When MAE WEST worked with William LeBaron, his assistant was always Paul M. Jones who was born in mid-March.
• • Paul M. Jones [14 March 1897 — ?] • •
• • Born in Bristol, Tennessee on Sunday, 14 March 1897 was Paul M. Jones. His family moved to California, and Paul was enrolled in Egan's Dramatic School, Los Angeles.
• • By 1918, the 21-year-old was hired as a prop man at Realart. Eventually, he became a set dresser for Paramount Pictures.
• • A brief bio-note printed in The Film Daily during the mid-1930s said this about the very versatile Paul M. Jones: acted in two-reel comedies; wrote poetry; co-directed for Pathe; assistant director on 25 pictures; assisted Ernst Lubitsch, E. H. Griffith, Wesley Ruggles, Gregory LaCava, Edward Sutherland and others; gag man and dialogue writer for I. E. Chadwick; wrote screenplays; assistant to William LeBaron on all Mae West, W. C. Fields and Bing Crosby pictures; under contract to Paramount as a producer.
• • It is not known exactly which 25 movies he was credited with. His death date is unknown so far.
• • On Tuesday, 13 March 1934 • •
• • Correspondence was flying back and forth from the Hays Office regarding "It Ain't No Sin" starring Mae West. It was on Tuesday, 13 March 1934, that the censors objected to yet another song.
• • Joseph Breen picked up his steel-toed fountain pen. "If, in the rendition of the song, the action of the girls, or comedian, is such as to give the lines a salacious, or otherwise unsavoury, connotation," he wrote, "the entire song may be adjudged a Code violation and, as such, will have to be deleted." . . .
• • Mae West's motion picture, with a working title of "It Ain't No Sin," began production in March — — on 19 March 1934. In the script, Ruby Carter, the American beauty queen of the night club sporting world set, shifts her operations from St. Louis to New Orleans.
• • On Saturday, 13 March 1937 in the gossip columns • •
• • Mae West declined Ted Peckham's invitation to the premiere of "Lost Horizon."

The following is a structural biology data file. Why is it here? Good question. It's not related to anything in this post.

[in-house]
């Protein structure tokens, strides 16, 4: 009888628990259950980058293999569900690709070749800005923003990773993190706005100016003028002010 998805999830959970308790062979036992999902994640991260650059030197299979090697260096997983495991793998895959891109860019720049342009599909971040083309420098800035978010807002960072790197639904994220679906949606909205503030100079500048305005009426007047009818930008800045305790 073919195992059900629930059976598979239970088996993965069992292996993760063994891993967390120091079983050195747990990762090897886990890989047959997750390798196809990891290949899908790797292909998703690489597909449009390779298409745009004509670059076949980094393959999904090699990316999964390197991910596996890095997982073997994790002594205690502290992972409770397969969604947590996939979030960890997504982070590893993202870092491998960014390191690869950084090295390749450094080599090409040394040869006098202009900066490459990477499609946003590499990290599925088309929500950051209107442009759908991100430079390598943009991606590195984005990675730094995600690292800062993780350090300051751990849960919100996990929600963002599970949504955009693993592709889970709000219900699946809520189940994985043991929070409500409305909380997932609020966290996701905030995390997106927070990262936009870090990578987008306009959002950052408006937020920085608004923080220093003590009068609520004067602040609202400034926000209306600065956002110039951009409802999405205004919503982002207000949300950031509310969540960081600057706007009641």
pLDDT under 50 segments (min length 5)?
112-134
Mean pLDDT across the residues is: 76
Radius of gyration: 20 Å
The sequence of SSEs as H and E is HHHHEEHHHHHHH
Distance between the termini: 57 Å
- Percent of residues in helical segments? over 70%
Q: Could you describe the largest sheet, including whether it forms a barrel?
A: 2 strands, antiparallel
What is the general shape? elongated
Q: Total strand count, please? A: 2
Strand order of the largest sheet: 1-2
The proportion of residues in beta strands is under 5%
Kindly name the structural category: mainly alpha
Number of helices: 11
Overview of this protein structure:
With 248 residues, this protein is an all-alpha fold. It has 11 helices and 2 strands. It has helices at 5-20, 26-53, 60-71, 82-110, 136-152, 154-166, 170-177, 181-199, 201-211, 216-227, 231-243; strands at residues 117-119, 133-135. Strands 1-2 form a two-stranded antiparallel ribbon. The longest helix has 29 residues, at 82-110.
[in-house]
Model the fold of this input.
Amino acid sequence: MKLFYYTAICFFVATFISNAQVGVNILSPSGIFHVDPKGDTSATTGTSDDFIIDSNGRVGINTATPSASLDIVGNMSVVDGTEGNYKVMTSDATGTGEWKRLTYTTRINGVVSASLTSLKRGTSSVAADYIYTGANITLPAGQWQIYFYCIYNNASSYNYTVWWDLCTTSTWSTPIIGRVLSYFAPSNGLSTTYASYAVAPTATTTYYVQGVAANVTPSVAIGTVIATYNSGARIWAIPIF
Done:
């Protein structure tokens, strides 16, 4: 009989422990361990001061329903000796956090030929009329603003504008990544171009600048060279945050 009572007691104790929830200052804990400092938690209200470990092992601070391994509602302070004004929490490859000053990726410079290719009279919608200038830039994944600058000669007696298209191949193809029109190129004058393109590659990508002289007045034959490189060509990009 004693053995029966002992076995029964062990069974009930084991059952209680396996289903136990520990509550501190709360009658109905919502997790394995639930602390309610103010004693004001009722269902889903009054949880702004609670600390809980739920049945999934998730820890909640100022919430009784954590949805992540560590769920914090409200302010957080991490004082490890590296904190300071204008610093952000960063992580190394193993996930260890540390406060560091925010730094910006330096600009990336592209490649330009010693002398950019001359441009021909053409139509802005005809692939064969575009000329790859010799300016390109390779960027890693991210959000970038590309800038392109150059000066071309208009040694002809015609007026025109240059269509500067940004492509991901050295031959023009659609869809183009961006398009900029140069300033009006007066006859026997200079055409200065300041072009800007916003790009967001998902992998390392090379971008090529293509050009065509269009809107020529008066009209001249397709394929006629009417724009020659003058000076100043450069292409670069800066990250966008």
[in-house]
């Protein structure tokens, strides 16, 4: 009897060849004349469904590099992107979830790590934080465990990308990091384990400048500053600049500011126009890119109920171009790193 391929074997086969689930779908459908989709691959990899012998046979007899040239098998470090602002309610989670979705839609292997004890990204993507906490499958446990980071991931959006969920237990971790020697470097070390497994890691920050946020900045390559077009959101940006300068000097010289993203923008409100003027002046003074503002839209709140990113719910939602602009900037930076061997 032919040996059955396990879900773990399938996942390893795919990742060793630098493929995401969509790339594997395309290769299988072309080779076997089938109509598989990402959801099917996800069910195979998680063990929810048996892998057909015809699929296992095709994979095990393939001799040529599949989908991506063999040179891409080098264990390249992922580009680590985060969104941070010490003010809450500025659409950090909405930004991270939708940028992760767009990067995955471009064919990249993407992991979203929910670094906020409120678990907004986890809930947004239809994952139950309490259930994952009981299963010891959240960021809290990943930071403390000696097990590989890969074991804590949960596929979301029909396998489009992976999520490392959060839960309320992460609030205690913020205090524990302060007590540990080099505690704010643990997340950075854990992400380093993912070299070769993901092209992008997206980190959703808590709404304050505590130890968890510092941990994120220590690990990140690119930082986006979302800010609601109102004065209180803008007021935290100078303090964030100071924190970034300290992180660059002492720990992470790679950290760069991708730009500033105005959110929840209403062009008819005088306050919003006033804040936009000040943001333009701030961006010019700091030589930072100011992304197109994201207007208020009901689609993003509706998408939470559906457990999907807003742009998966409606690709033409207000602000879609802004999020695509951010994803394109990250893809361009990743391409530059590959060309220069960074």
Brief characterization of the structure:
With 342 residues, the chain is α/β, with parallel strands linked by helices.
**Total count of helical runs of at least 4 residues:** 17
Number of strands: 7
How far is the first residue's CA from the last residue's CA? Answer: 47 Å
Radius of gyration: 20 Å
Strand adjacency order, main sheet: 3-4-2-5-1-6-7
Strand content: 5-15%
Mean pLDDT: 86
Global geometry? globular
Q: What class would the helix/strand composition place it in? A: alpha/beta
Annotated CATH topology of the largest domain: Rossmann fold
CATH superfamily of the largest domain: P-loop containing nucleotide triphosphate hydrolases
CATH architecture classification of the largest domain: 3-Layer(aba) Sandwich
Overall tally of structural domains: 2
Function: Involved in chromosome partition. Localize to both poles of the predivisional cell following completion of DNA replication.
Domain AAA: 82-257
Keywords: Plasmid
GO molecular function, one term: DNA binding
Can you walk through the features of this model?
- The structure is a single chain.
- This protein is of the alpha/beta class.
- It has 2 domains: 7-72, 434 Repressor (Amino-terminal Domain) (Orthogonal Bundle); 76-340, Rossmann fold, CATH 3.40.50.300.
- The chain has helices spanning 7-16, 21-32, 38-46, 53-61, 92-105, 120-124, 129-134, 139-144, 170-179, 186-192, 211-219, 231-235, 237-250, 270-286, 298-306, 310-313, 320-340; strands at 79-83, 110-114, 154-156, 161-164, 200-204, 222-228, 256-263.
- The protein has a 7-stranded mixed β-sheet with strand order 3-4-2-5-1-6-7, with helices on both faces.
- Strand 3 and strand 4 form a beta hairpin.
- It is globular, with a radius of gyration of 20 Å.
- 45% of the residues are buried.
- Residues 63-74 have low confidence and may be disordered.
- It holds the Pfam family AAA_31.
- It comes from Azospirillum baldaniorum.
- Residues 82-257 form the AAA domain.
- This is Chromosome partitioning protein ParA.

• • Gossip columnists reported this on Saturday, 13 March 1937: Big heartedly Ted Peckham, 22-year-old 'Gigolo King,' who values his art at $1000 per escort, donated an evening to Helen Burgess [1916 — 1937] and staked her to supper and pink lemonade. The downy-chinned, freshwater college boy (from Ohio’s Western Reserve University) compromised on Helen Burgess after Mae West showed no interest in his invitation. Clad in the sophomore class’ idea of sophisticated attire — — lofty topper, blue evening clothes and a cape — — Peckham paraded Miss Burgess to the premier of "Lost Horizon" and afterward to a supper club. The actress didn’t quarrel over the check. Peckham brought his schoolboy complexion here from New York, where he originated the escort service idea to help do a movie plot called "Gentlemen for Hire." He has spent most of his time since then in the Paramount publicity department seeing that his name gets in the papers. Probably his sortie with Burgess is charged off to publicity.
• • Released on Monday, 13 March 2006 in England • •
• • Released in the U.K. on Monday, 13 March 2006 was "Mae West, Screen Goddess Collection" (Six Discs).
• • With English language subtitles for the deaf and hard of hearing. The half-dozen titles in this collection included "She Done Him Wrong," "I'm No Angel," "Belle of the Nineties," "Klondike Annie," "My Little Chickadee," and "The Heat's On."
• • On Saturday, 13 March 2010 in England • •
• • Written by Caroline Boucher, "My Tea with Mae West" recalled an afternoon visit with the star at her home in 1974. Boucher's essay was published in The London Guardian on Saturday, 13 March 2010.
• • In Her Own Words • •
• • Mae West said: "They always found a way to break me up with a man before it became too serious. I was not allowed to love, really love. My mother and then Timony — — ."
• • Quote, Unquote • •
• • A book edited by Lillian Schlissel mentioned Mae West's trial on Thursday, 13 March 1930. The "Pleasure Man" trial is intriguingly dramatized in Act 2 of the stage play "Courting Mae West" (based on true events). Have you seen this fascinating play yet?
• • Lillian Schlissel wrote: "The Pleasure Man" went to trial on March 13, 1930, two years after its opening in New York. The People vs. Mae West et al charged the principals with "unlawfully advertising, giving, presenting and participating in an obscene, indecent, immoral, impure drama, play, exhibition, show, and entertainment" at the Biltmore Theatre. ...
• • Source: "Three Plays by Mae West: Sex, The Drag, and Pleasure Man" edited by Lillian Schlissel; published in 1997
• • By the Numbers • •
• • The Mae West Blog was started eight years ago in July 2004. You are reading the 2604th blog post.
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• • Photo: • • Mae West • • filming a scene in 1932 • •
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